Pay-TV bundles that charge their customers for channels they never watch has long been one reason people say they hate their cable companies. Now a new survey says that more than half of cable customers would give up ESPN—the single biggest programming cost on a cable bill—if they could save $8 each month. 

The new study was conducted by a polling company called Civic Science, and described in a blog post by BTIG Research. Fifty-six percent of the respondents said they'd give up ESPN and ESPN2 to save money. The numbers varied by gender: Sixty percent of women were ready to pull the plug on the sports network, while the number among men was just 49 percent. The survey covered 1,582 consumers, of whom 87 percent currently subscribe to a multichannel pay TV service.  

Cable industry sources have long ball-parked that it would cost as much as $30 a month to get ESPN by itself if it ever became untethered from a pay TV bundle. In what is surely a bad sign for the company and its parent Disney, only 6 percent of the respondents said they'd pay even $20 a month for ESPN as a standalone channel. Last summer, the company reported it had lost about 7 million subscribers over the last two years.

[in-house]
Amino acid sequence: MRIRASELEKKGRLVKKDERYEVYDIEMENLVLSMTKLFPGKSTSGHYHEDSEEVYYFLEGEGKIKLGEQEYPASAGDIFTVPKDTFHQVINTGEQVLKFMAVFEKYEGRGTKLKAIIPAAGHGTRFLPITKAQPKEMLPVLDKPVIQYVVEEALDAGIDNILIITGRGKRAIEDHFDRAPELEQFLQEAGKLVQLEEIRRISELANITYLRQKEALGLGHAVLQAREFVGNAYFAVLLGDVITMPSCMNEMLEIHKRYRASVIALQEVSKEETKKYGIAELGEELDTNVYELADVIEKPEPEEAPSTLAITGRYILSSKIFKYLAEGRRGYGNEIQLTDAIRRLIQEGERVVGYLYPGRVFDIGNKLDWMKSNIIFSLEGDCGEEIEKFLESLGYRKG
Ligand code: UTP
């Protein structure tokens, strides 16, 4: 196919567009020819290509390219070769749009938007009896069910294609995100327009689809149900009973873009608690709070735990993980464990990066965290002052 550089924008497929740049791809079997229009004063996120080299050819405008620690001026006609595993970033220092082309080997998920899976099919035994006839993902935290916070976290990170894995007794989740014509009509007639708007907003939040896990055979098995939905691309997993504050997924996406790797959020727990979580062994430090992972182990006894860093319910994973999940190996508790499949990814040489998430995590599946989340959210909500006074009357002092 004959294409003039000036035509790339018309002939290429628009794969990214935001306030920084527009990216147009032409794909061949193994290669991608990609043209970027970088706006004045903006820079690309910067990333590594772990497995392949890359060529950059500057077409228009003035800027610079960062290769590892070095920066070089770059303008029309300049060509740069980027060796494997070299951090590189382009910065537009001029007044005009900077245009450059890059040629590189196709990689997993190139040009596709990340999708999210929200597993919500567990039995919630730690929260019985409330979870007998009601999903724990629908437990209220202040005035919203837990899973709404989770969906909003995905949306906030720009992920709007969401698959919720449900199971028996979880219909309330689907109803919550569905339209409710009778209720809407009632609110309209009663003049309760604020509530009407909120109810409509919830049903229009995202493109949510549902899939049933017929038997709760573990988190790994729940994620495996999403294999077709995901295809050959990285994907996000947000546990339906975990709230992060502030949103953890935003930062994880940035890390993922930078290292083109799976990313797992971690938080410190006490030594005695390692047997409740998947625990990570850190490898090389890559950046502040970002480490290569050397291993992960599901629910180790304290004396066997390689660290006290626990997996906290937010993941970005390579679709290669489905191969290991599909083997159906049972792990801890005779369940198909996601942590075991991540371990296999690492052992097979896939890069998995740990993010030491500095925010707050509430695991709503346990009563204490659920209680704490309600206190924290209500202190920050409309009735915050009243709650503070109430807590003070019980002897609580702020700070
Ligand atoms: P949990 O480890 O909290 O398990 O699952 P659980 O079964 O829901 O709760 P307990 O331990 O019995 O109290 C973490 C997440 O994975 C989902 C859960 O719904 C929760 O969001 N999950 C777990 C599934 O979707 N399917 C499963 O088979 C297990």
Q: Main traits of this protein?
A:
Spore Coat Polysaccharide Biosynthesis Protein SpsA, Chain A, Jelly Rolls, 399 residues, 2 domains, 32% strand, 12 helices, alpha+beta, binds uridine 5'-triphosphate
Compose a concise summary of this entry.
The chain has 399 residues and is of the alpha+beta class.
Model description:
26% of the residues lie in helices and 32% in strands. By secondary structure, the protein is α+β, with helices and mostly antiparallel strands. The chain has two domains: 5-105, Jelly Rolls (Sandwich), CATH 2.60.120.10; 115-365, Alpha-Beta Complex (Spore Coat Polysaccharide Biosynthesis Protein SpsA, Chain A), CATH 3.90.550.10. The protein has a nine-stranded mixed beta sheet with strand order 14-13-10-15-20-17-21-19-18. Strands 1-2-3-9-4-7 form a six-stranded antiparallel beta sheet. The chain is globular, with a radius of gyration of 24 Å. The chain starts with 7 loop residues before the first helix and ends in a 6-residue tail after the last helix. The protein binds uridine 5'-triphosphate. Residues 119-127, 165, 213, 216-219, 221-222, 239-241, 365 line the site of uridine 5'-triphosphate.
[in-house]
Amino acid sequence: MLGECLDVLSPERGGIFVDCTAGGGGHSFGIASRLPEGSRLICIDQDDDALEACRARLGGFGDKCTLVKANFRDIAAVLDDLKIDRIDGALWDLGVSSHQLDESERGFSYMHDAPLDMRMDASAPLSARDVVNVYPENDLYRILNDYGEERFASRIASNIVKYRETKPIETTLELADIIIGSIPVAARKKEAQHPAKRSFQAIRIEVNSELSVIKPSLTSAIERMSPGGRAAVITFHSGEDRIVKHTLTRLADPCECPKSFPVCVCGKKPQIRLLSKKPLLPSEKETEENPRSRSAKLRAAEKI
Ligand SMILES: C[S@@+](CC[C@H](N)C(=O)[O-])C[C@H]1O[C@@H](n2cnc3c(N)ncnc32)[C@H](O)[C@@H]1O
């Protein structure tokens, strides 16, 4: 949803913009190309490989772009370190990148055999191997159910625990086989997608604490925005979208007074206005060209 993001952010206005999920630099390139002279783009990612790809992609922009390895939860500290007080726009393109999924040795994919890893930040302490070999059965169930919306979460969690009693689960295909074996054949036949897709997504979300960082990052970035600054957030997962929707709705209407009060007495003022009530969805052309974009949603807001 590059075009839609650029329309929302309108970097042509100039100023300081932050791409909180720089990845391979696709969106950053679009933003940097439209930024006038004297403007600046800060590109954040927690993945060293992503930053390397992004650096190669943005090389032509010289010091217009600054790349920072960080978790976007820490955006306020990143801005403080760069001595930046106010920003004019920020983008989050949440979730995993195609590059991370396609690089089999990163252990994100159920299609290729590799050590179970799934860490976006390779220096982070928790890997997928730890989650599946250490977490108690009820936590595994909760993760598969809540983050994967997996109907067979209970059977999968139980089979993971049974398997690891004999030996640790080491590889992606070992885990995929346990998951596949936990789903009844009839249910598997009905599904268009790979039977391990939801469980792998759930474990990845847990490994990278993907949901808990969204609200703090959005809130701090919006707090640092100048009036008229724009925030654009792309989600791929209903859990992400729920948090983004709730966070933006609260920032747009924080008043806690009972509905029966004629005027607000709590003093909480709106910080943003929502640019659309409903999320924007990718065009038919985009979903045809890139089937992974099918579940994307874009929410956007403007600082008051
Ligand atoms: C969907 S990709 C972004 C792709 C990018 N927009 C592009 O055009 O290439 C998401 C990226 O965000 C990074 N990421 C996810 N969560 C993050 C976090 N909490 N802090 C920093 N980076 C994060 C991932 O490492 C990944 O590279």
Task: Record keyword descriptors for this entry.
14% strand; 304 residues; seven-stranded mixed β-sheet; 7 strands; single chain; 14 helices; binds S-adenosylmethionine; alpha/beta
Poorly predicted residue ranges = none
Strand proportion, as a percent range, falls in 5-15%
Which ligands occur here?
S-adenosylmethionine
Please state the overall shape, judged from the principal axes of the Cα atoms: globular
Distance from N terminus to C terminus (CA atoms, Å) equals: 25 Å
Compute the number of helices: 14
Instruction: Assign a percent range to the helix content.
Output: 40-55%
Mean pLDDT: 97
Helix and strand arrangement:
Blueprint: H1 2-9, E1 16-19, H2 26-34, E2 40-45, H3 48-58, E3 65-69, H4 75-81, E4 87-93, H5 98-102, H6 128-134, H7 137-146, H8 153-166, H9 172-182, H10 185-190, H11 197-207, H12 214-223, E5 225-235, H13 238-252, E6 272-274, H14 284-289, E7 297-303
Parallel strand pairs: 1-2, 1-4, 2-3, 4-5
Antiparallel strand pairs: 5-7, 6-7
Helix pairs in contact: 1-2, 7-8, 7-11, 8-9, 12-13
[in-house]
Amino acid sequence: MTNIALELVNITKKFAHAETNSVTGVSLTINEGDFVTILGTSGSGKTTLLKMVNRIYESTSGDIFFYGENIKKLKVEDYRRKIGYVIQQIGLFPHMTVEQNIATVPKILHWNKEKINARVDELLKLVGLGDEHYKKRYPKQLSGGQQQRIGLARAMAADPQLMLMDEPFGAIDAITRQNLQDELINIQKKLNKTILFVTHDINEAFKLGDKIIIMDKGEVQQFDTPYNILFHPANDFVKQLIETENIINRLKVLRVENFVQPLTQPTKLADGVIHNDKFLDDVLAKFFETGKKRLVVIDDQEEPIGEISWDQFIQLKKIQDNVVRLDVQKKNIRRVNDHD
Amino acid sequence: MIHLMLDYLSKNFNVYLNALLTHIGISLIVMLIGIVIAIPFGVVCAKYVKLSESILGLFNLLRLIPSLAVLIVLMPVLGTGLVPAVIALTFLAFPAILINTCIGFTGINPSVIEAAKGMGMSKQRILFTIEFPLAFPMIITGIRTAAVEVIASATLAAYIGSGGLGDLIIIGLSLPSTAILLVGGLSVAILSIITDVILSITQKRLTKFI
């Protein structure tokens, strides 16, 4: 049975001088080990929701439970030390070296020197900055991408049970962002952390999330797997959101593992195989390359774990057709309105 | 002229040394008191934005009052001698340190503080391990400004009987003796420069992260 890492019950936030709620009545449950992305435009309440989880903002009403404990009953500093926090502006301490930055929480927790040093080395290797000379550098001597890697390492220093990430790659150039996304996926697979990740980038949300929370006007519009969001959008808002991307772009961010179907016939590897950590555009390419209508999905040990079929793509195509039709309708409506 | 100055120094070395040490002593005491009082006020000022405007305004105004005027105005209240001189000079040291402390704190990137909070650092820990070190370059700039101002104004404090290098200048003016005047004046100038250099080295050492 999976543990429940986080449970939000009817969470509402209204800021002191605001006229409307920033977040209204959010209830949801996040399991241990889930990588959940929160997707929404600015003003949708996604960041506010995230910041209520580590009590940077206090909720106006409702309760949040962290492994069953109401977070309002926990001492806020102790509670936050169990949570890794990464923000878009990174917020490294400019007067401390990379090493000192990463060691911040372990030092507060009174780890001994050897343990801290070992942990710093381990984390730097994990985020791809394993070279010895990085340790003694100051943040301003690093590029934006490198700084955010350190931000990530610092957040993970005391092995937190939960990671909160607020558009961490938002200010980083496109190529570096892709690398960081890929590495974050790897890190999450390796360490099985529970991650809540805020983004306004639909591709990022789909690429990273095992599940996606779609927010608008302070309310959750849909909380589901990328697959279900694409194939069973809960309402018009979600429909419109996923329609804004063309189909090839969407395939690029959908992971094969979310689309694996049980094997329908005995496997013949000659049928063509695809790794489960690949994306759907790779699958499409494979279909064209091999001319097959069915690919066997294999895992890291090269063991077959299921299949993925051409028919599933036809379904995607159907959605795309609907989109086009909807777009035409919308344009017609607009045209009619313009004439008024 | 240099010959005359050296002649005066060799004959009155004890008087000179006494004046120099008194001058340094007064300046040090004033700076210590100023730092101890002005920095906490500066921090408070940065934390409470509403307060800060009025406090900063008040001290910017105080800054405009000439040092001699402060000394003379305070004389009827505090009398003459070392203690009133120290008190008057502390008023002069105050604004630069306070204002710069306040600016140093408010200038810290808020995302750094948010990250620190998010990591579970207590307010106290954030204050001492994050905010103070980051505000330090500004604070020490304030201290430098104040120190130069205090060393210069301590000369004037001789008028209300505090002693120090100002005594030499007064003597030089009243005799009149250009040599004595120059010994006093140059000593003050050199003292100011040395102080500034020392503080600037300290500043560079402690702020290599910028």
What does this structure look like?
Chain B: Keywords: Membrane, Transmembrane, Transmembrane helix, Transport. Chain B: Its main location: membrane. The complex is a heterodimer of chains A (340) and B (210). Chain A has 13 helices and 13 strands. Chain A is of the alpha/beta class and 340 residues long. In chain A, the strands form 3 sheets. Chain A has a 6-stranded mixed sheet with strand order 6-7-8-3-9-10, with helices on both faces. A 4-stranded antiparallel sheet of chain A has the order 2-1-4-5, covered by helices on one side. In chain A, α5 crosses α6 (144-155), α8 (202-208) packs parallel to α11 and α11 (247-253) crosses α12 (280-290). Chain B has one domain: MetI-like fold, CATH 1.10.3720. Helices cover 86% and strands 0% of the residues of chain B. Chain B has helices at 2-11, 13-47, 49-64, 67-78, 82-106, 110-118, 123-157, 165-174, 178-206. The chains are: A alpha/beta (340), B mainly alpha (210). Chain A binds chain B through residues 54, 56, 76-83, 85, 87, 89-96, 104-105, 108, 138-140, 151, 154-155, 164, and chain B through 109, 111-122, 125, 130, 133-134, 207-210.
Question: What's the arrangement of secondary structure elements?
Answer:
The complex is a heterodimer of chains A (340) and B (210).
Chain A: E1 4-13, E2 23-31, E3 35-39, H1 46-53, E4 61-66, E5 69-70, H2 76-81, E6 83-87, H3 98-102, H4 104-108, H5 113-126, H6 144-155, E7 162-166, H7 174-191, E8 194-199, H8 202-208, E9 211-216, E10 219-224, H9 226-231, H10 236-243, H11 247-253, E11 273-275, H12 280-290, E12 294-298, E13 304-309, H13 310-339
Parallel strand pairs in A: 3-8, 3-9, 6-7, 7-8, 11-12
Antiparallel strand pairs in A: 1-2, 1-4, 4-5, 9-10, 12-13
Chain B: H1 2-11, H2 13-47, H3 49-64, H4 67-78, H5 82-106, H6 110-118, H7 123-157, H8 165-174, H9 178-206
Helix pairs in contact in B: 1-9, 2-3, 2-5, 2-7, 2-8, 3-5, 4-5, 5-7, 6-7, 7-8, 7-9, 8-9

Last year, a few new TV services, including Sling TV and Verizon's Custom TV, started offering ESPN as part of slimmed-down packages. But it was still part of what is essentially a programming bundle combined with other channels, not an a la carte service.

If you're a TV subscriber who has been paying for, but not watching, ESPN, then BTIG analyst Richard Greenfield probably summed up your feelings in this comment from his blog post: "Simply put, ESPN has been the largest beneficiary of the 'Big' cable bundle for decades and is now dramatically overearning, with consumers the biggest losers." 

And that's the kind of bad deal that is driving some people to cut the cable cord.